She has spent much of her career giving advice—acting as a consultant to health-care professionals, lecturing students and writing books on medicare. But now it is time for Jane Fulton to see where, in her own words, “the rubber meets the road.” Fulton, a 48-year-old mother of four, was appointed Alberta’s deputy health minister in early July. Although she was born in Edmonton, she spent the past nine years at the University of Ottawa as an associate professor in the faculty of administration.
Through her writing and public speaking, Fulton gained a controversial reputation as an advocate of private health care. In fact, she has argued that two-tiered health care already exists in Canada, that there are limits to what public funding can provide and that consumers should be free to purchase fancier or faster services if they choose.
Opponents of privatization protested Fulton’s appointment. But the new deputy minister seems a perfect fit for Alberta’s Tory government, which is into its third year of budget cuts and health-care reforms. Ottawa has threatened to cut its transfer payments on Oct. 15 unless the province stops private clinics from charging both a facility fee to their patients and a physician fee to medicare. Ottawa claims that the practice contravenes the 1984 Canada Health Act; Alberta disagrees.
In any event, Fulton said in an interview with Maclean’s, Ottawa should stop harping on that legislation. All the provinces believe in the principles of the act, she insists. But as governments struggle to balance their budgets and Ottawa cuts its transfer payments, “there isn’t a province in the country that can afford to meet the demands of the act 100 per cent. We have to make some tough choices.”
The best way to save health-care dollars, Fulton argues, is to stop doctors from doing things that less costly health providers can do. Physicians should not be immunizing children, for example, when a nurse could do that. Similarly, she contends, they should not be counselling lonely seniors. “That costs way too much,” said Fulton. “Those people need to go to a friendship drop-in centre.”
Fulton says she supports universal insurance. Medicare, however, should cover “things that make the population healthy,” such as child immunization, prenatal care and home-care nursing. And it should also “rescue individuals in crisis or extreme need,” paying if someone has a heart attack or needs an organ transplant. For anything discretionary or elective, patients should wait—or pay extra. If they can be discharged from hospital a day after surgery and safely make do with cheaper nursing care at home, Fulton says that is what medicare should pay for. At the same time, she feels, patients should be able to buy extra days in hospital if that makes them feel more secure. Fulton also says that people should be able to skip to the top of waiting lists if they are willing to “trade off their holiday to Las Vegas” and pay for prompter care.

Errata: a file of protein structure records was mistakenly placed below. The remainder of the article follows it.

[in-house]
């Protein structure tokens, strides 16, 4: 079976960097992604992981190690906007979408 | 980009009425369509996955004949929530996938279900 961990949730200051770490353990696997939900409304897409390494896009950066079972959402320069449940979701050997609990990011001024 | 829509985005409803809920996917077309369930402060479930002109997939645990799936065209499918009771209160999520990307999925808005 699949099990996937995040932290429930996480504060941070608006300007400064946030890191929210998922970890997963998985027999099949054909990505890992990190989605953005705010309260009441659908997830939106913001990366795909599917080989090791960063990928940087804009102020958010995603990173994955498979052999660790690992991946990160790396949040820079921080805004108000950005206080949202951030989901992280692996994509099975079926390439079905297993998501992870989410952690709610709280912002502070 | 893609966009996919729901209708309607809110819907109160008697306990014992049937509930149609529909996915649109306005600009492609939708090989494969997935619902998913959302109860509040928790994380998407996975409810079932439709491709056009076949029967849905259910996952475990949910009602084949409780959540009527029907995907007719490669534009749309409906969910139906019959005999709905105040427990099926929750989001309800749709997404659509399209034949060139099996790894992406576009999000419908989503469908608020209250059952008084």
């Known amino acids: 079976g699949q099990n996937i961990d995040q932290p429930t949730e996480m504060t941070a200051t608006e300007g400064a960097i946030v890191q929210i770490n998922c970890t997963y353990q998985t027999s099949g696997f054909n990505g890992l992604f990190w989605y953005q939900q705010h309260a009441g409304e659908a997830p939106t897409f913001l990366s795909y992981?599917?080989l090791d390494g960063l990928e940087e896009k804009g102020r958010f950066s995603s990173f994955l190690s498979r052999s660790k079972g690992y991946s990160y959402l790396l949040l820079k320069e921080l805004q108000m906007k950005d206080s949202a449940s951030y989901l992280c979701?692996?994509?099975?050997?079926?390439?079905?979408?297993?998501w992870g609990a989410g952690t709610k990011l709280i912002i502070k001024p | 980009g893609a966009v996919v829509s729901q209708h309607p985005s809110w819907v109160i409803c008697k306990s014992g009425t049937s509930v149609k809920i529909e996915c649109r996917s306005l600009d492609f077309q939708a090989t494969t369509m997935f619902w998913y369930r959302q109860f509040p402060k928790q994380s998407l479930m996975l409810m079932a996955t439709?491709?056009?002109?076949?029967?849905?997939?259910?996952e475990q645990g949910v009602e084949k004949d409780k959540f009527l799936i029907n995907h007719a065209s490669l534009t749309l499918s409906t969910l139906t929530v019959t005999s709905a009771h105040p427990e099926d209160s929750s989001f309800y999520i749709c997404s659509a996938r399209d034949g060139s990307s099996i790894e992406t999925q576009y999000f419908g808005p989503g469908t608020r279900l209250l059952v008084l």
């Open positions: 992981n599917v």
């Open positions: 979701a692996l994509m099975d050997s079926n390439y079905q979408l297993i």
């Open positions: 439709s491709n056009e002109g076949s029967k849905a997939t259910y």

Critics argue that the poor cannot afford to make those choices and that a private tier of medicine will eventually provide topnotch service for the wealthy, while the public tier—drained of the best physicians and much of its funding—will provide inferior care to the less well-to-do. Fulton counters that a two-tiered system already exists, given that many Canadians go to the United States for health services. They should have the right to buy the same services at home, she maintains.
Fulton argues that doctors would stay in the public system, even if there were more lucrative work in an expanded private health sector, because many chose their profession for “its esoteric nature, not because they’re rip-off artists.” And whenever quality or technology improves in the private system, she says, regulations could require that they be implemented in the public system. Many disagree with her, of course. But as the debate over medicare intensifies, Fulton at least articulates a distinct vision—one in which privately funded medicine plays a more significant role.
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